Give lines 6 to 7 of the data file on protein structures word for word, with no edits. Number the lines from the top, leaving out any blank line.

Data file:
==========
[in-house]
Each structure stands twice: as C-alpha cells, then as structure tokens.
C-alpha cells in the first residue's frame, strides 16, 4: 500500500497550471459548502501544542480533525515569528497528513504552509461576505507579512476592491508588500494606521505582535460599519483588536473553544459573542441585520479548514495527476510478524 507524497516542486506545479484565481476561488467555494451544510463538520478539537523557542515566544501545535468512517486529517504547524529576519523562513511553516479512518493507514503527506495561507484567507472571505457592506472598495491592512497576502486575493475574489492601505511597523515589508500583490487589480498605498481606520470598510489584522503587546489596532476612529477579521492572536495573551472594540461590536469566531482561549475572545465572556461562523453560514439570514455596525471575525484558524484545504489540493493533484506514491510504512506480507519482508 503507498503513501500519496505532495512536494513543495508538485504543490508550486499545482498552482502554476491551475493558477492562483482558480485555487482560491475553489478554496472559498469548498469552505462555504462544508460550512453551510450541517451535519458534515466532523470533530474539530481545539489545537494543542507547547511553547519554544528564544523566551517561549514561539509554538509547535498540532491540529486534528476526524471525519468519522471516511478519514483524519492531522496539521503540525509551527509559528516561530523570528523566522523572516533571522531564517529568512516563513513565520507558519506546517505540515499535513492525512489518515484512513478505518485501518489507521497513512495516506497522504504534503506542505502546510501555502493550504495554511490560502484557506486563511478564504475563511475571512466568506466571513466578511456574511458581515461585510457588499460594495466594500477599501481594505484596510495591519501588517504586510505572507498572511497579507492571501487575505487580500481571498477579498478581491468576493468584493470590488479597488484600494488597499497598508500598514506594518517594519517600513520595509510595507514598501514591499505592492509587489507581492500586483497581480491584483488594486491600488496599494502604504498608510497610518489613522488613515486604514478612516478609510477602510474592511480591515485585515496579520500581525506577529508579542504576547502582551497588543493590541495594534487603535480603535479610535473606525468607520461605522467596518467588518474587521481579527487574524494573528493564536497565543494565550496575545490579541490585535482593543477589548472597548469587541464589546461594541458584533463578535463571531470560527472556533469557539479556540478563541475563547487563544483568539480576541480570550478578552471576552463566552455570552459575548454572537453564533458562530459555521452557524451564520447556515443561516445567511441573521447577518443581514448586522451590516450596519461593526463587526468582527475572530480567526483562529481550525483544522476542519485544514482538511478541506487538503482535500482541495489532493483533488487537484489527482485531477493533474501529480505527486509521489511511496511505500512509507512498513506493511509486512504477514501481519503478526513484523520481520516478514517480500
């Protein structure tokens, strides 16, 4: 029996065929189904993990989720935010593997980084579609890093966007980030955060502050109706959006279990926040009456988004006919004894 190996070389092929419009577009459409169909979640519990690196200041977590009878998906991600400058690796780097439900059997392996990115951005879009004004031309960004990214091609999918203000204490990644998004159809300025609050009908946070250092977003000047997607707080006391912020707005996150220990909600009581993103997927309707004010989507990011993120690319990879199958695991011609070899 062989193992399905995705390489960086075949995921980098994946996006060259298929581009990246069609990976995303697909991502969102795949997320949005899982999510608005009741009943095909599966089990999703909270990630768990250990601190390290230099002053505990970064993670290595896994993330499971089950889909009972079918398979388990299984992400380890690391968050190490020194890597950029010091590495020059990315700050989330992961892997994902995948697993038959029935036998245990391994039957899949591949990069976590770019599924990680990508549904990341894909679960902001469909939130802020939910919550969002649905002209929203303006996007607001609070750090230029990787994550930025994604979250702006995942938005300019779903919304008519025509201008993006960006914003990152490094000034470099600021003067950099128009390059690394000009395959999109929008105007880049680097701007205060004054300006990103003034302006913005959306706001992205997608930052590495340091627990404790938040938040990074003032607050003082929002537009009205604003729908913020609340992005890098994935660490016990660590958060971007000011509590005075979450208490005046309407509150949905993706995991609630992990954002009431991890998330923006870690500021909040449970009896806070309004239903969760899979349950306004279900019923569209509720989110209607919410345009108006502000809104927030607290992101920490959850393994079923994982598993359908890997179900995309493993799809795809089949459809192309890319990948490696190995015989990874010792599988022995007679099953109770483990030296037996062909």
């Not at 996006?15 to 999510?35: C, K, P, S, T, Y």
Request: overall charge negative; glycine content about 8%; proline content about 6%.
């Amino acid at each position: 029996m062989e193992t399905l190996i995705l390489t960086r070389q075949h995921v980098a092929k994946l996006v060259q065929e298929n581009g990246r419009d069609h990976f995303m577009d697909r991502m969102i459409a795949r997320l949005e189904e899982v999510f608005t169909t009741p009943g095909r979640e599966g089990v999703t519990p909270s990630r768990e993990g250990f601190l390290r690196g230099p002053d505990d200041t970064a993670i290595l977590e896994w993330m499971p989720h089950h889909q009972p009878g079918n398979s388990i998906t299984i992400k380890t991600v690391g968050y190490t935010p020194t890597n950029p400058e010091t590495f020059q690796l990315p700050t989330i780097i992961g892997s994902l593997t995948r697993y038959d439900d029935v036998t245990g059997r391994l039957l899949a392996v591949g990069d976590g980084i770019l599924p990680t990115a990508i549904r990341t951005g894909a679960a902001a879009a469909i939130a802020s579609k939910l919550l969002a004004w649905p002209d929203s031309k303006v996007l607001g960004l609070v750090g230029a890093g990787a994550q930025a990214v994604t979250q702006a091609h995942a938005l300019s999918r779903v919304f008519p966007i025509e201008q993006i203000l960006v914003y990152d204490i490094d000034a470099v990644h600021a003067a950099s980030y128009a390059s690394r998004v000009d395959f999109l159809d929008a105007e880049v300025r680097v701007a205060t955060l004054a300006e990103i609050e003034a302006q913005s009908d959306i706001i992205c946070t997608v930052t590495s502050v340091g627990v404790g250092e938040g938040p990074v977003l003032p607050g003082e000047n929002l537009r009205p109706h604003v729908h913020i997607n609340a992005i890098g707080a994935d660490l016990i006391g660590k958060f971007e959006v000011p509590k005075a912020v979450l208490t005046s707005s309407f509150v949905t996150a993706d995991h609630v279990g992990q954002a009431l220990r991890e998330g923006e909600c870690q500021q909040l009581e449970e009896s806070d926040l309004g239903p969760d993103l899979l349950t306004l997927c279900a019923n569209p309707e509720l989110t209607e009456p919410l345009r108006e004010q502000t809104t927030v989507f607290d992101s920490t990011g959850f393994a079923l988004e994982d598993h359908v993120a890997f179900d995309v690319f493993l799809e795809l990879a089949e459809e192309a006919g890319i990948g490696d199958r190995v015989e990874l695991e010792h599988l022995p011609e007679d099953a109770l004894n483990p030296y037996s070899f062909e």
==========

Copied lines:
Request: overall charge negative; glycine content about 8%; proline content about 6%.
């Amino acid at each position: 029996m062989e193992t399905l190996i995705l390489t960086r070389q075949h995921v980098a092929k994946l996006v060259q065929e298929n581009g990246r419009d069609h990976f995303m577009d697909r991502m969102i459409a795949r997320l949005e189904e899982v999510f608005t169909t009741p009943g095909r979640e599966g089990v999703t519990p909270s990630r768990e993990g250990f601190l390290r690196g230099p002053d505990d200041t970064a993670i290595l977590e896994w993330m499971p989720h089950h889909q009972p009878g079918n398979s388990i998906t299984i992400k380890t991600v690391g968050y190490t935010p020194t890597n950029p400058e010091t590495f020059q690796l990315p700050t989330i780097i992961g892997s994902l593997t995948r697993y038959d439900d029935v036998t245990g059997r391994l039957l899949a392996v591949g990069d976590g980084i770019l599924p990680t990115a990508i549904r990341t951005g894909a679960a902001a879009a469909i939130a802020s579609k939910l919550l969002a004004w649905p002209d929203s031309k303006v996007l607001g960004l609070v750090g230029a890093g990787a994550q930025a990214v994604t979250q702006a091609h995942a938005l300019s999918r779903v919304f008519p966007i025509e201008q993006i203000l960006v914003y990152d204490i490094d000034a470099v990644h600021a003067a950099s980030y128009a390059s690394r998004v000009d395959f999109l159809d929008a105007e880049v300025r680097v701007a205060t955060l004054a300006e990103i609050e003034a302006q913005s009908d959306i706001i992205c946070t997608v930052t590495s502050v340091g627990v404790g250092e938040g938040p990074v977003l003032p607050g003082e000047n929002l537009r009205p109706h604003v729908h913020i997607n609340a992005i890098g707080a994935d660490l016990i006391g660590k958060f971007e959006v000011p509590k005075a912020v979450l208490t005046s707005s309407f509150v949905t996150a993706d995991h609630v279990g992990q954002a009431l220990r991890e998330g923006e909600c870690q500021q909040l009581e449970e009896s806070d926040l309004g239903p969760d993103l899979l349950t306004l997927c279900a019923n569209p309707e509720l989110t209607e009456p919410l345009r108006e004010q502000t809104t927030v989507f607290d992101s920490t990011g959850f393994a079923l988004e994982d598993h359908v993120a890997f179900d995309v690319f493993l799809e795809l990879a089949e459809e192309a006919g890319i990948g490696d199958r190995v015989e990874l695991e010792h599988l022995p011609e007679d099953a109770l004894n483990p030296y037996s070899f062909e």